DELIO: I knew this fellow seven years in the galleys
For a notorious murder, and ’twas thought
The Cardinal suborn’d it. He was releas’d
By the French general Gaston de Foix
When he recover’d Naples.

ANTONIO: ‘Tis great pity
He should be thus neglected. I have heard
He’s very valiant. This foul melancholy
Will poison all his goodness; for I’ll tell you,
If too immoderate sleep be truly said
To be an inward rust unto the soul,
It then doth follow want of action
Breeds all black malcontents, and their close rearing,
Like moths in cloth, do hurt for want of wearing.


in your habit: in your manner of dress

reduce: restore order by removing the flatterers

quits first: first of all gets rid of

sycophants: hypocritical courtiers

dissolute: lacking moral restraint, indulging in vices

which he sweetly terms … Heaven: the antecedent of “which” is the preceding phrase; a good prince who rules wisely in ordering his kingdom emulates the work of God in his creation.

common fountain: public, common to all

in general: everywhere

poison it near the head: poison the fountain’s source. This political metaphor of the polluted fountain suggests that a ruler’s behavior, good or bad, inevitably influences the health of the country, a central question concerning the appropriateness of the Duchess’ subsequent actions..

provident: wise, looking ahead to the future

presumption: some might think it disrespectful to advise the king of problems within his realm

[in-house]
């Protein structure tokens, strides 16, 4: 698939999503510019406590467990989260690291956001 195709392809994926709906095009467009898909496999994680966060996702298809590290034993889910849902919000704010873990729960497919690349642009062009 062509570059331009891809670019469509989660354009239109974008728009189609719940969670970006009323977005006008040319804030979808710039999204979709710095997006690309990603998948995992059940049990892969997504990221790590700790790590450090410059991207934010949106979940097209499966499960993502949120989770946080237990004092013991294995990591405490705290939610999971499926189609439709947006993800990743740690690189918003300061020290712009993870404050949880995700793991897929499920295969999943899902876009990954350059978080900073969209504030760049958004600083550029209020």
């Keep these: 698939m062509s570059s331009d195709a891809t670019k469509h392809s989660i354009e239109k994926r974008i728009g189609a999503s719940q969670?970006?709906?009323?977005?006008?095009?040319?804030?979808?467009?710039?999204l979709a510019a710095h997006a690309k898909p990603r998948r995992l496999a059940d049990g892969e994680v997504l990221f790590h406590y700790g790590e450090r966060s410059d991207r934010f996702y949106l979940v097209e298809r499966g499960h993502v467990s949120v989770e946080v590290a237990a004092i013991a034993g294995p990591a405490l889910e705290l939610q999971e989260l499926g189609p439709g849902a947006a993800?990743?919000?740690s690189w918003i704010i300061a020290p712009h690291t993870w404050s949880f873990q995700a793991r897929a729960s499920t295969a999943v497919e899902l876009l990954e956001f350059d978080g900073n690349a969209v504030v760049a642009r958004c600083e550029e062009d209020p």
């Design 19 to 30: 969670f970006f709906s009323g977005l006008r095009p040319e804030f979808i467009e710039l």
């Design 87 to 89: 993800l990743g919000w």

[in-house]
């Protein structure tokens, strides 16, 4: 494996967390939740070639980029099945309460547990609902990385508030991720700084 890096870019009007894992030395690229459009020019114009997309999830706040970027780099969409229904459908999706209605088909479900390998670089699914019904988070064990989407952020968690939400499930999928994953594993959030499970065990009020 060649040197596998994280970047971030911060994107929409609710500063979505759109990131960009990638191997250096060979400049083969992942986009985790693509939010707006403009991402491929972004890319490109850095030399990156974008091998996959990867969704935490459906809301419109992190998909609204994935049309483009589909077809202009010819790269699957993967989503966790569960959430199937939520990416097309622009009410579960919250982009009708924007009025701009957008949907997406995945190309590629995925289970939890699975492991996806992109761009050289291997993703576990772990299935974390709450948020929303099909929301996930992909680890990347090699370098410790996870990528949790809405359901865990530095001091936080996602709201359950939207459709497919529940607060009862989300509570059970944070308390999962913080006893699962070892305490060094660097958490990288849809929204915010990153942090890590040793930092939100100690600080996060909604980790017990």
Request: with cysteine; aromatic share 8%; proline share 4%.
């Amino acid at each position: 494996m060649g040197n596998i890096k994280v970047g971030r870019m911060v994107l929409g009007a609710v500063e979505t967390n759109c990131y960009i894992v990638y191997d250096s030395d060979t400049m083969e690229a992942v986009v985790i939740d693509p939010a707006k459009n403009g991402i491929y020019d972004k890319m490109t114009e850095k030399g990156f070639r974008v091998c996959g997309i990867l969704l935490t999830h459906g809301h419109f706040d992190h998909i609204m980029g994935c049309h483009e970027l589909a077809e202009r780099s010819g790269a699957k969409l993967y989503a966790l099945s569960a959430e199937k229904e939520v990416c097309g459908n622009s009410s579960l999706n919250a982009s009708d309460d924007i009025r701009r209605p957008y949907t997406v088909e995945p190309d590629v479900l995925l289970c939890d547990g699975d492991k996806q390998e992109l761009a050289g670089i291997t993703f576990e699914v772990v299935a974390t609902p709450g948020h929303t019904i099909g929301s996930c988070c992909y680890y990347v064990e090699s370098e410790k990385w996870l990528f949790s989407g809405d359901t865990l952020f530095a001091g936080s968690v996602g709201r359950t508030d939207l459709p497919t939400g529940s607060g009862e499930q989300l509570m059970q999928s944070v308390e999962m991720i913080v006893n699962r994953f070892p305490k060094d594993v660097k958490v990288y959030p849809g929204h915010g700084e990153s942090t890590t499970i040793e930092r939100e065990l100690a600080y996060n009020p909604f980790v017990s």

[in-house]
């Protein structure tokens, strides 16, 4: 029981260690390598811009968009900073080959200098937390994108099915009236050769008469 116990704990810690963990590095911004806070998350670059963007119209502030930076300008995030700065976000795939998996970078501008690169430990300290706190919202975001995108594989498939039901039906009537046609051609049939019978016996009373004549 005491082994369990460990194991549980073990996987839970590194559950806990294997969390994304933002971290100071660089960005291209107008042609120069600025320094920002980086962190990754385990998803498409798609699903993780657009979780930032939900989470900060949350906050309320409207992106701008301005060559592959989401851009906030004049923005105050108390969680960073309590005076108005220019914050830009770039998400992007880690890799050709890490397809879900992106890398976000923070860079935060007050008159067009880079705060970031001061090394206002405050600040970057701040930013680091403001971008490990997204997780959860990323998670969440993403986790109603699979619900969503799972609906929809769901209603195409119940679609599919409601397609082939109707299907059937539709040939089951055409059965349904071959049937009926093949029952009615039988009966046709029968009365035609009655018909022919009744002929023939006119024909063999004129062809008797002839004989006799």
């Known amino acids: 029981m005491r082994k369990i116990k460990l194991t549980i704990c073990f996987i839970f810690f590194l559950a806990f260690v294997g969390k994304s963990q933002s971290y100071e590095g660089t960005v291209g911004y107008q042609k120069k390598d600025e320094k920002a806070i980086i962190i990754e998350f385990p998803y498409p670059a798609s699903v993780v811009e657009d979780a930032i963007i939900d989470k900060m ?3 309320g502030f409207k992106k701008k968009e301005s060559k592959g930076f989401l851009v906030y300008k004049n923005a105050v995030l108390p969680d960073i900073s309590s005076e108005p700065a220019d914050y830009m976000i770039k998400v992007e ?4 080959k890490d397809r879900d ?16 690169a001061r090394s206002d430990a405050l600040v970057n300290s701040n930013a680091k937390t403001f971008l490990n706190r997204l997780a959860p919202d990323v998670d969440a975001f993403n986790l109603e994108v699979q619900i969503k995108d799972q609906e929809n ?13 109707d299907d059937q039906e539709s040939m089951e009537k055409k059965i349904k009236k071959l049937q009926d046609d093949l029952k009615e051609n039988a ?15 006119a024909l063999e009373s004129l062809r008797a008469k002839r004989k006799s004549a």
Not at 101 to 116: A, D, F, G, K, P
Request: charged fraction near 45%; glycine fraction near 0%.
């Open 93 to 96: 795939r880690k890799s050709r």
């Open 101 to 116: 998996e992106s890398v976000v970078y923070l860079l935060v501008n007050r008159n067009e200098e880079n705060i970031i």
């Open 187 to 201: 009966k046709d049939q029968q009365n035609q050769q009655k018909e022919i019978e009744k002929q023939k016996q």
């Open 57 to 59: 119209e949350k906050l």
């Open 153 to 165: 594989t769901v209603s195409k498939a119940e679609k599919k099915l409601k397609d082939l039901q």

gall: irritating sore; Bosola “rubs people the wrong way”

railing: complaining, criticizing; Bosola criticizes the sins of others which he would like to commit himself, if he had the chance.

galleys: criminals were often sentenced to rowing ships, similar to Roman times

dog days: unlucky or hard times, referring to the hottest part of summer associated with Sirius, the dog star

honest: thrive at honest work rather than as a henchman

divinity: holiness, with implied sarcasm

return as arrant knaves: those such as the Cardinal who seek an honest life return no better than they were, as their villainous nature accompanies them on the journey (see Montaigne, Essays 1.38).

suit: favor

standing pools: stagnant water; the image implies that the brothers have ample riches which they do not share

pies: magpies, type of jaybird

panders: procurers of women, pimps

Tantalus: in Greek mythology Tantalus was condemned in Hades to starvation with food and drink just out of reach, thus we get the word “tantalize”

geometry: Bosola compares a man on crutches to a two-pronged compass used to draw circles

last supportation: the soldier who has lost limbs in battle has only his crutches to support him.

latter swing: final swing before he dies from his wounds

lower and lower: You may be higher up in the court than I am, but each man bows to someone above him. You are a court lackey as well, so don’t criticize me for playing up to the Cardinal.

melancholy: one of four bodily fluids called humours, melancholy causing sadness, moodiness; see commentary notes on humours

want of action …wearing: lack of useful activity creates dissatisfaction leading to trouble, and like moths in unworn clothes will ruin anything near them.

malcontents: dissatisfied person; see commentary on this scene.